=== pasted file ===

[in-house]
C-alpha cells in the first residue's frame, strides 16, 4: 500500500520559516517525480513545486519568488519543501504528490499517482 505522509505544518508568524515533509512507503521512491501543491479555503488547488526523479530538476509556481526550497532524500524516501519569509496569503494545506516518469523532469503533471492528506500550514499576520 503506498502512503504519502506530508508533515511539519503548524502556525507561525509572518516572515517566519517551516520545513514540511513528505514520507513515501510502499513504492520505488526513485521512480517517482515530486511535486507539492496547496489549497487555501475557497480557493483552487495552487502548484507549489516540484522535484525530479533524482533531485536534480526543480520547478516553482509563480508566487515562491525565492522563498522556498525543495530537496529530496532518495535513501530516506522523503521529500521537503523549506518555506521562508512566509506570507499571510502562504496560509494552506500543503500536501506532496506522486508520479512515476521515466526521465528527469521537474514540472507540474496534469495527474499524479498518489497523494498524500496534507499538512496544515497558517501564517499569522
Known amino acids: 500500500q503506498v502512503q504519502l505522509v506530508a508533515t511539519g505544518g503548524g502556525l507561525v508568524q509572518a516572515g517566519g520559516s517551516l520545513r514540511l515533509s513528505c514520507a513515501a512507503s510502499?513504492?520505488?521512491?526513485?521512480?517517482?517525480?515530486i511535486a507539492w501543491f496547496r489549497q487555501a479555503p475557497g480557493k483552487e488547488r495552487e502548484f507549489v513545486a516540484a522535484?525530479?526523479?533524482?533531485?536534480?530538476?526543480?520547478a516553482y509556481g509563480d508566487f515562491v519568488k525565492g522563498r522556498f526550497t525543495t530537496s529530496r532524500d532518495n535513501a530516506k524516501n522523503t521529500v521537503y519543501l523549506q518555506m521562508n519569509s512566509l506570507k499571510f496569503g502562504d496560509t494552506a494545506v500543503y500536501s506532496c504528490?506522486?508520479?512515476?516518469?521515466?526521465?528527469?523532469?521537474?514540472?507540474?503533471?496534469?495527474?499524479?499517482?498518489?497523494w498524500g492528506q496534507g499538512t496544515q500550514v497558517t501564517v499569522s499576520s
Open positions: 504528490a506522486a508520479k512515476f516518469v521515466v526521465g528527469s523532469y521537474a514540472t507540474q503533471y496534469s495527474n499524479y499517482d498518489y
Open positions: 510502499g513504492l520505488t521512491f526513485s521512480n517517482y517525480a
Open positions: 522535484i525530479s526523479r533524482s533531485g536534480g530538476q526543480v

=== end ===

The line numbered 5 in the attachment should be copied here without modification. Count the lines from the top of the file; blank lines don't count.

Open positions: 510502499g513504492l520505488t521512491f526513485s521512480n517517482y517525480a